With that in mind, how did I manage to work from Steve's photos?
When I lived in Somerset, I would take an hour long train journey at 6am every day through the somerset countryside. The beauty of the morning mists rolling over the somerset countryside was something that would take my breath away day after day, and left me with a memory of these train rides being a rather wonderful part of my life, rather than a dull commute.
Steve's photographs brought me back to that time, to the magic of these early mornings on an empty train, very forcefully. If I could have stopped the train, these are the photos I would have taken. (If I had also been as good a photographer as Steve!)
So, in this particular case he captured something that was important to me, that I'd seen again and again, and that I could feel myself in the picture. So it worked, and I felt when I painted that I added my own interpretation, my own emotion, to my version of Steve's vision.
But I do look back on times when I was younger, and I did highly representational paintings from photos in books, with a sense of shame, and a sense that I cheated.. I guess this is an issue that all artists make their own rules on, and as best as I can sum up, these are mine.
Thursday, 19 March 2009
A very good friend of mine, once told me the hardest thing for an artist to do is stop painting. To resist the temptation to tinker, and accept 'it is what it is'. That's a lesson that was brought home strongly to me yesterday.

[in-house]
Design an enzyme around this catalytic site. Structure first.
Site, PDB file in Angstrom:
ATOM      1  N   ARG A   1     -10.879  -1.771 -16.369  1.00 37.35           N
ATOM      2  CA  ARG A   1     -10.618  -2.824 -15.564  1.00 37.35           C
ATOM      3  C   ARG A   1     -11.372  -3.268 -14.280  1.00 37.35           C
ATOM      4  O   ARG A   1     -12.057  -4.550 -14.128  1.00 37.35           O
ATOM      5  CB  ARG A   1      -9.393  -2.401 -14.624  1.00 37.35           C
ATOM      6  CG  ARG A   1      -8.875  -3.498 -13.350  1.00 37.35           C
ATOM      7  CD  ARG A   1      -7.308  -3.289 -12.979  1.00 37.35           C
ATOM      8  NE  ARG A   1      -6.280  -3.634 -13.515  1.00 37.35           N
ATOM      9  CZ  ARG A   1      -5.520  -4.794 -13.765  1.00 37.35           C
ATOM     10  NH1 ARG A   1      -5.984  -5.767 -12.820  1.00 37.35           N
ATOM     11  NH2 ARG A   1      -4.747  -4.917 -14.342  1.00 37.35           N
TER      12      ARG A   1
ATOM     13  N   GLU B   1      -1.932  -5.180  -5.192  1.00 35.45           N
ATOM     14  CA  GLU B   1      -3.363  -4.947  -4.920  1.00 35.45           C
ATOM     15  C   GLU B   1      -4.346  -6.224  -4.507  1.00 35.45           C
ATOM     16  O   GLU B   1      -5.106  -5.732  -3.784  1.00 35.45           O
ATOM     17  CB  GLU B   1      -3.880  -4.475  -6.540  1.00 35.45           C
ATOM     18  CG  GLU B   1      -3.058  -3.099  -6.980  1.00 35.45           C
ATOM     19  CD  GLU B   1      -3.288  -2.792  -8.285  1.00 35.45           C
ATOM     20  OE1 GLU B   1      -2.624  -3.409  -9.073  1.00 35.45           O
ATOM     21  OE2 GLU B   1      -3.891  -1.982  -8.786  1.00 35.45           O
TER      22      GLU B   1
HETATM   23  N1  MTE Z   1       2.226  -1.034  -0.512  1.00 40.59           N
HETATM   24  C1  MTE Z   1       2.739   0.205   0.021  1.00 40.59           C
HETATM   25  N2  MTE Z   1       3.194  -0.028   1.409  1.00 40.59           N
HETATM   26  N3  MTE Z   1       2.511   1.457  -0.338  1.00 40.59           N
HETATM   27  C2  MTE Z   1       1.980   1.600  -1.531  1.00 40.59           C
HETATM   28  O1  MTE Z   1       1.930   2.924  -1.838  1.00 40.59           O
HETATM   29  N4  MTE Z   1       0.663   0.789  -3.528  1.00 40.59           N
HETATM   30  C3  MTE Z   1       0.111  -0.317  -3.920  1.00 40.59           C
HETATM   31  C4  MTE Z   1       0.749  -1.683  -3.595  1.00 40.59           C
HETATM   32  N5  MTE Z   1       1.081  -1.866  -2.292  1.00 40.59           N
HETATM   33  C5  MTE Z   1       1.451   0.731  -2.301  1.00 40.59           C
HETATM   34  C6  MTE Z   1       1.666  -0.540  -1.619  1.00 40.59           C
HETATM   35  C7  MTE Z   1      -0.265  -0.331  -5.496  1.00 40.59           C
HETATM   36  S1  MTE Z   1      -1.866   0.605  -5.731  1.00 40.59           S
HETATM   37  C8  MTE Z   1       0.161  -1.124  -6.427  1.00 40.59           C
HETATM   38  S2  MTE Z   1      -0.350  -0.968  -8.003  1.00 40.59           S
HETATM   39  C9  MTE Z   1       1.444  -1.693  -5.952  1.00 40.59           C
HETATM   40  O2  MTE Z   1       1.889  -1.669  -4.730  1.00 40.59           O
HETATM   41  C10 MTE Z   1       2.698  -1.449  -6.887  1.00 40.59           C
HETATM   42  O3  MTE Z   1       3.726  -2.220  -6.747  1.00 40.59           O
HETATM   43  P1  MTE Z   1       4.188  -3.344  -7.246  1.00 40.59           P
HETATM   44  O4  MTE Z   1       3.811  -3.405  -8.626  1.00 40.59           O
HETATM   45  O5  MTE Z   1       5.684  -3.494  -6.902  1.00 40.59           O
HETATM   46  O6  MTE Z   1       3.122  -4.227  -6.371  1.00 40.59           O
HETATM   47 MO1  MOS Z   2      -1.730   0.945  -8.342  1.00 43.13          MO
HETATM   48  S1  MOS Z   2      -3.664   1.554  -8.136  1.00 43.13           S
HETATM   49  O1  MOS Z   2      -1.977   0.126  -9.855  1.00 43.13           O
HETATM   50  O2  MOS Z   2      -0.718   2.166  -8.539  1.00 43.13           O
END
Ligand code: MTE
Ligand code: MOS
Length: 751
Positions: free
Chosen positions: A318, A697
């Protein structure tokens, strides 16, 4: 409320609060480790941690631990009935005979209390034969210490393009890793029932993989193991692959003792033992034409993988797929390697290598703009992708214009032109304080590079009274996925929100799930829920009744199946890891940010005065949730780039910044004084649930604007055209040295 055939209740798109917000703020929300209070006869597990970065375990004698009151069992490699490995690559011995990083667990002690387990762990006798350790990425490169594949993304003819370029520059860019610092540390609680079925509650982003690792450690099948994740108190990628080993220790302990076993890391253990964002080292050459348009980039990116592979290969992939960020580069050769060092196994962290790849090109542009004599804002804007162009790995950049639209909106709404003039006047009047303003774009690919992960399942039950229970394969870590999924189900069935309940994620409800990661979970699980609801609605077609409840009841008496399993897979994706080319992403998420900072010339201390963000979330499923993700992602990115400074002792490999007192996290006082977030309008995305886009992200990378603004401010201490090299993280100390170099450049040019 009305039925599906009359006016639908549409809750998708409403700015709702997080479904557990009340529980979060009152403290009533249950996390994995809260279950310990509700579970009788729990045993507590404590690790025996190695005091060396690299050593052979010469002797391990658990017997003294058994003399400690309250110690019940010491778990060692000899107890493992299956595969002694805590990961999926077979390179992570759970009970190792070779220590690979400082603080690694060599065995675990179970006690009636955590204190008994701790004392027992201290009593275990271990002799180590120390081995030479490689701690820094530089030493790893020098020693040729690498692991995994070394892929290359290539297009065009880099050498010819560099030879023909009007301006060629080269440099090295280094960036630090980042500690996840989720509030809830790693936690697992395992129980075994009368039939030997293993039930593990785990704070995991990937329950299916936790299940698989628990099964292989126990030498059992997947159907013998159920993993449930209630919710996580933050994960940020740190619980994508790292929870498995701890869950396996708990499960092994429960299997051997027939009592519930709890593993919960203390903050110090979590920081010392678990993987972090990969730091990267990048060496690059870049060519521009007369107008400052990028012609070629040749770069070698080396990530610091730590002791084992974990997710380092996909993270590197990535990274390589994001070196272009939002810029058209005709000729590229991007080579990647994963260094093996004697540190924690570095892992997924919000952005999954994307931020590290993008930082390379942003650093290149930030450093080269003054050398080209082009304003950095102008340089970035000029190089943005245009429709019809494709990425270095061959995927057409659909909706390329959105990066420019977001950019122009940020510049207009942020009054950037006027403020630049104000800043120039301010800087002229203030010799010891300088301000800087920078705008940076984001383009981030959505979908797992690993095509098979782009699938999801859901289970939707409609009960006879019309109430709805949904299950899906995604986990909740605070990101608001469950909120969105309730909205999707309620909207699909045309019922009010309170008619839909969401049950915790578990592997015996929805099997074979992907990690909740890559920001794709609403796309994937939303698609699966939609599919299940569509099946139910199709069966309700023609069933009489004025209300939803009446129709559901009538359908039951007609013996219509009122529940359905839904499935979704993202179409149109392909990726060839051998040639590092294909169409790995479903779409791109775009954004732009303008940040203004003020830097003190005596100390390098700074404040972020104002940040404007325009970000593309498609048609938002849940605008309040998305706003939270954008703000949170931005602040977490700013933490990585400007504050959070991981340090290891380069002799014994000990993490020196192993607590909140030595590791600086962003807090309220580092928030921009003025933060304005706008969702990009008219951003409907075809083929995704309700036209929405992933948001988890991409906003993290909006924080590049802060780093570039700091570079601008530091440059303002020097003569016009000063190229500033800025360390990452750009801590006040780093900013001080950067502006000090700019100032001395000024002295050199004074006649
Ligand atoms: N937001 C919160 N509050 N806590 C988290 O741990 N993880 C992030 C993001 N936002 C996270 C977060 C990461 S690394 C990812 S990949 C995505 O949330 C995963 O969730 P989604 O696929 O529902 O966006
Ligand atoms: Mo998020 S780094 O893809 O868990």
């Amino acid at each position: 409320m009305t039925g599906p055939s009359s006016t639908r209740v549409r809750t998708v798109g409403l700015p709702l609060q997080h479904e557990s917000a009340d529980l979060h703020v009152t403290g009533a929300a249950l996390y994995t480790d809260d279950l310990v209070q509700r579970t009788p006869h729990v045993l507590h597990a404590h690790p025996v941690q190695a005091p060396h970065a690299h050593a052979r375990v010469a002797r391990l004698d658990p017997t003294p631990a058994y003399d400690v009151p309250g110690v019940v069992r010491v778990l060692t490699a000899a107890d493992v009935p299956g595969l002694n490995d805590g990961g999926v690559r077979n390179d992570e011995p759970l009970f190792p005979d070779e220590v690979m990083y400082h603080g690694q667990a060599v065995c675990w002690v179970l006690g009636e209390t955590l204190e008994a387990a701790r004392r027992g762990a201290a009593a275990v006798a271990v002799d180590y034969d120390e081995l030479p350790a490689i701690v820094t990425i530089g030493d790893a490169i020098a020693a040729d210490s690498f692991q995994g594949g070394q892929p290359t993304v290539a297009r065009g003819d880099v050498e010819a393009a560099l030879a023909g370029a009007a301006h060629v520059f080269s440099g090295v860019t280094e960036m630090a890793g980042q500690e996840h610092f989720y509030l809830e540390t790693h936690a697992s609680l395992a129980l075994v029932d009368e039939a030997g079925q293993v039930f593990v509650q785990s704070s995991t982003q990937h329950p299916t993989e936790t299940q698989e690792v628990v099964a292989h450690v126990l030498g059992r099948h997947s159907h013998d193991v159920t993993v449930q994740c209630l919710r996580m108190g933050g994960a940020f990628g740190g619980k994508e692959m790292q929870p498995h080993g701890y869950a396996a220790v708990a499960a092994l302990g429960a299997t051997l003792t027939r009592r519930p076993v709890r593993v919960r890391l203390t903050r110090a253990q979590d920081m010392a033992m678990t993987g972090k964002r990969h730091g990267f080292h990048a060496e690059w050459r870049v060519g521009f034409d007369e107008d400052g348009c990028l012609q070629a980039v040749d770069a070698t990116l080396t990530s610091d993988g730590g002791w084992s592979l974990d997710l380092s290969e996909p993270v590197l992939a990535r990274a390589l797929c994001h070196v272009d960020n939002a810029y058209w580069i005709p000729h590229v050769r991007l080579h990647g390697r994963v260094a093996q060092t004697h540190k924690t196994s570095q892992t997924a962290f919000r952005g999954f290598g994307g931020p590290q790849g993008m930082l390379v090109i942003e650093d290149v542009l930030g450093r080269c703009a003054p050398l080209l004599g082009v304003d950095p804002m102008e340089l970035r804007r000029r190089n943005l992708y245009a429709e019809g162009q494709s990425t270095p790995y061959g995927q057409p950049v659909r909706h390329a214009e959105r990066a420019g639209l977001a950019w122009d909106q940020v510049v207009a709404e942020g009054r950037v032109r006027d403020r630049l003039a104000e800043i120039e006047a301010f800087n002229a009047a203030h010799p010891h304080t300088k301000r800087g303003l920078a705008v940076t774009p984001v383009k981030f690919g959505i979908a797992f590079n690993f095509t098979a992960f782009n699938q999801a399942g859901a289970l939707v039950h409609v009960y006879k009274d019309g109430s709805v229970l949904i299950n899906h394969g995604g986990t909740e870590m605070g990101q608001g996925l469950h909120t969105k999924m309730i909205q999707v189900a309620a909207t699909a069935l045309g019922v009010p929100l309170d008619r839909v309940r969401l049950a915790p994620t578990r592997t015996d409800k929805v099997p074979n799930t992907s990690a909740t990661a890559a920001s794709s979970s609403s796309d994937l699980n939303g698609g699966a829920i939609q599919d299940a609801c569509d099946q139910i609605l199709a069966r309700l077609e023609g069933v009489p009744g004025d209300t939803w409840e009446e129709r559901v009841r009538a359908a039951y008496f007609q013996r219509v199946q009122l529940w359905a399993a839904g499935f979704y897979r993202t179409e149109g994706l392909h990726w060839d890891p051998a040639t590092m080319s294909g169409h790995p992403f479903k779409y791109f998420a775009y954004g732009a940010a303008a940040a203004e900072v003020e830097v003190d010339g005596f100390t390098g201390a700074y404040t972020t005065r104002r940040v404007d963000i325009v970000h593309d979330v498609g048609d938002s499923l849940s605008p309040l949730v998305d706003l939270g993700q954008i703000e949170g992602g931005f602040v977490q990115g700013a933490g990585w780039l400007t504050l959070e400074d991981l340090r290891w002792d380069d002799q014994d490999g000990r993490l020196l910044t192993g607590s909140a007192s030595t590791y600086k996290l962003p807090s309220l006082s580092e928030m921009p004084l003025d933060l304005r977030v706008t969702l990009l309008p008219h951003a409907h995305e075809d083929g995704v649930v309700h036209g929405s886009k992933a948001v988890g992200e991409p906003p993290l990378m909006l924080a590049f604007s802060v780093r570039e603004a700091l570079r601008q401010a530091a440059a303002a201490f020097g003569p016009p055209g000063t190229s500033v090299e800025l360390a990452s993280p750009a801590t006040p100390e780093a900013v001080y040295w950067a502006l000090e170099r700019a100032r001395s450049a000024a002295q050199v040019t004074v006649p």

The conversation ( in Lj and by email) went a bit like this :
Friend : I want this one.
Me : you can't have it. It's a work in progress.
Friend : let me know when it's done, then.
Me ( to self) shit. I don't know how to finish that one! Not sure how to fix it without losing the bits I like. Never mind.
Friend : well, can I have these other ones instead?
Me : Umm, They're in a gallery. I'm not sure I want to drag them out, as I 've spent ages trying to get in to that gallery (thinks furiously) Actually, let me send you another pic of the work in progress one, and if you really like it you can have it as is. It's part of a set of three that are in progress, and maybe that one's done after all.
Friend : I've done this before! I always make artists stop because I like it as it is! I'll take it, please.
Me : Ok! done deal.